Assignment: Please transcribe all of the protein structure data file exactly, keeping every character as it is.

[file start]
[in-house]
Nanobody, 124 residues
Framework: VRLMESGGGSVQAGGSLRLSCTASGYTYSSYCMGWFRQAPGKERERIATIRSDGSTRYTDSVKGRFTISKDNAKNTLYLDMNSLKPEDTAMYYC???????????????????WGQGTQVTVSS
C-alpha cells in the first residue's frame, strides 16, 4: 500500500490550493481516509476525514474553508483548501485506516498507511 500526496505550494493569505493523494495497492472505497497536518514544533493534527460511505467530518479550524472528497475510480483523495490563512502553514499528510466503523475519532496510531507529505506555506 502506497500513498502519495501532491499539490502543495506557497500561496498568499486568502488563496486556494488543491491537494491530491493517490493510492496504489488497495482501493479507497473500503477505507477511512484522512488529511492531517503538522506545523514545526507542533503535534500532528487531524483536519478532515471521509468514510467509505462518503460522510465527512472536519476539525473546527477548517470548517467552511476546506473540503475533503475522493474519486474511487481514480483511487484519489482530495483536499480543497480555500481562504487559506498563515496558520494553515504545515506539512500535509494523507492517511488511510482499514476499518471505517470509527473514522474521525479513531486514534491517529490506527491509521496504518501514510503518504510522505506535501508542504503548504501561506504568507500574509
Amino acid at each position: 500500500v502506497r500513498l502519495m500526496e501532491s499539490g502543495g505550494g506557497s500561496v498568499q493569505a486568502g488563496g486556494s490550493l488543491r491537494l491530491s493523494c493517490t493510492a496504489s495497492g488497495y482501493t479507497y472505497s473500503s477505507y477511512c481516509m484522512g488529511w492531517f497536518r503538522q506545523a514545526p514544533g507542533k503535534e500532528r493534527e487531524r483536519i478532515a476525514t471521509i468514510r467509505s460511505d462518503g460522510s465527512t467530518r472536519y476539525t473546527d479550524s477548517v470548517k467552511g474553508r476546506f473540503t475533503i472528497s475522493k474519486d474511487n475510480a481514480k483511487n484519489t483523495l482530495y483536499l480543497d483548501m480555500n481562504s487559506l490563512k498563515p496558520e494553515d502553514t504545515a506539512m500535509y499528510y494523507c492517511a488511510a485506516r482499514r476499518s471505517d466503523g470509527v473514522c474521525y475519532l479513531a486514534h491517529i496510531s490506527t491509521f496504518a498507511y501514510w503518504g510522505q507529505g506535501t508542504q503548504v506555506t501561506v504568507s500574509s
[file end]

[in-house]
Nanobody, 124 residues
Framework: VRLMESGGGSVQAGGSLRLSCTASGYTYSSYCMGWFRQAPGKERERIATIRSDGSTRYTDSVKGRFTISKDNAKNTLYLDMNSLKPEDTAMYYC???????????????????WGQGTQVTVSS
C-alpha cells in the first residue's frame, strides 16, 4: 500500500490550493481516509476525514474553508483548501485506516498507511 500526496505550494493569505493523494495497492472505497497536518514544533493534527460511505467530518479550524472528497475510480483523495490563512502553514499528510466503523475519532496510531507529505506555506 502506497500513498502519495501532491499539490502543495506557497500561496498568499486568502488563496486556494488543491491537494491530491493517490493510492496504489488497495482501493479507497473500503477505507477511512484522512488529511492531517503538522506545523514545526507542533503535534500532528487531524483536519478532515471521509468514510467509505462518503460522510465527512472536519476539525473546527477548517470548517467552511476546506473540503475533503475522493474519486474511487481514480483511487484519489482530495483536499480543497480555500481562504487559506498563515496558520494553515504545515506539512500535509494523507492517511488511510482499514476499518471505517470509527473514522474521525479513531486514534491517529490506527491509521496504518501514510503518504510522505506535501508542504503548504501561506504568507500574509
Amino acid at each position: 500500500v502506497r500513498l502519495m500526496e501532491s499539490g502543495g505550494g506557497s500561496v498568499q493569505a486568502g488563496g486556494s490550493l488543491r491537494l491530491s493523494c493517490t493510492a496504489s495497492g488497495y482501493t479507497y472505497s473500503s477505507y477511512c481516509m484522512g488529511w492531517f497536518r503538522q506545523a514545526p514544533g507542533k503535534e500532528r493534527e487531524r483536519i478532515a476525514t471521509i468514510r467509505s460511505d462518503g460522510s465527512t467530518r472536519y476539525t473546527d479550524s477548517v470548517k467552511g474553508r476546506f473540503t475533503i472528497s475522493k474519486d474511487n475510480a481514480k483511487n484519489t483523495l482530495y483536499l480543497d483548501m480555500n481562504s487559506l490563512k498563515p496558520e494553515d502553514t504545515a506539512m500535509y499528510y494523507c492517511a488511510a485506516r482499514r476499518s471505517d466503523g470509527v473514522c474521525y475519532l479513531a486514534h491517529i496510531s490506527t491509521f496504518a498507511y501514510w503518504g510522505q507529505g506535501t508542504q503548504v506555506t501561506v504568507s500574509s